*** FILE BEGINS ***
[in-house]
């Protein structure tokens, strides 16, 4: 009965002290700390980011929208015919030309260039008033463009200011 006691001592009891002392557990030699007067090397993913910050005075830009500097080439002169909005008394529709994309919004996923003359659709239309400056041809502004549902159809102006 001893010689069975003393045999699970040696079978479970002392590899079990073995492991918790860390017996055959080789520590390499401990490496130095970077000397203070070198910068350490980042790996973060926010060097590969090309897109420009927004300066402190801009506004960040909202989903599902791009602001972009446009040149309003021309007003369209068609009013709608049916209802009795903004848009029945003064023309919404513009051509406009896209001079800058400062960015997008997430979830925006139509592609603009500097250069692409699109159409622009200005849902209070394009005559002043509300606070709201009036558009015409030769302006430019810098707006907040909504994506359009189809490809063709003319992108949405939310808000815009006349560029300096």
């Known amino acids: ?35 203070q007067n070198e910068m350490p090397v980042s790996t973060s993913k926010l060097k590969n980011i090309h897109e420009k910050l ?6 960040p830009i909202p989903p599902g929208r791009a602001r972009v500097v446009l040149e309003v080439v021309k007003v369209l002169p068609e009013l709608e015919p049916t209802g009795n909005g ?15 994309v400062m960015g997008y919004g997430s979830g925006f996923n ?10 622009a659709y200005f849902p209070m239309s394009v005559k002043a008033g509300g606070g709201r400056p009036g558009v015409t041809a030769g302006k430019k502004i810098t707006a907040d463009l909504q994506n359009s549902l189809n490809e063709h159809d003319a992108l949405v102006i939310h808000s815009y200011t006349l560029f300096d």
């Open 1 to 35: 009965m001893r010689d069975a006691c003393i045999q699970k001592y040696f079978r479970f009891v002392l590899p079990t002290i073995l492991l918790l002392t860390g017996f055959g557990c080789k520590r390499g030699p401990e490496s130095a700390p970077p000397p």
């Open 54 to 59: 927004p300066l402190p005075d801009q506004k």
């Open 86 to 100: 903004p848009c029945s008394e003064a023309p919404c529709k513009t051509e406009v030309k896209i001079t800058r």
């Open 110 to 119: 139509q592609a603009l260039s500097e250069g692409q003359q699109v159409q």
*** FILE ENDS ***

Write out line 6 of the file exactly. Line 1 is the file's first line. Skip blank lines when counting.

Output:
């Open 86 to 100: 903004p848009c029945s008394e003064a023309p919404c529709k513009t051509e406009v030309k896209i001079t800058r």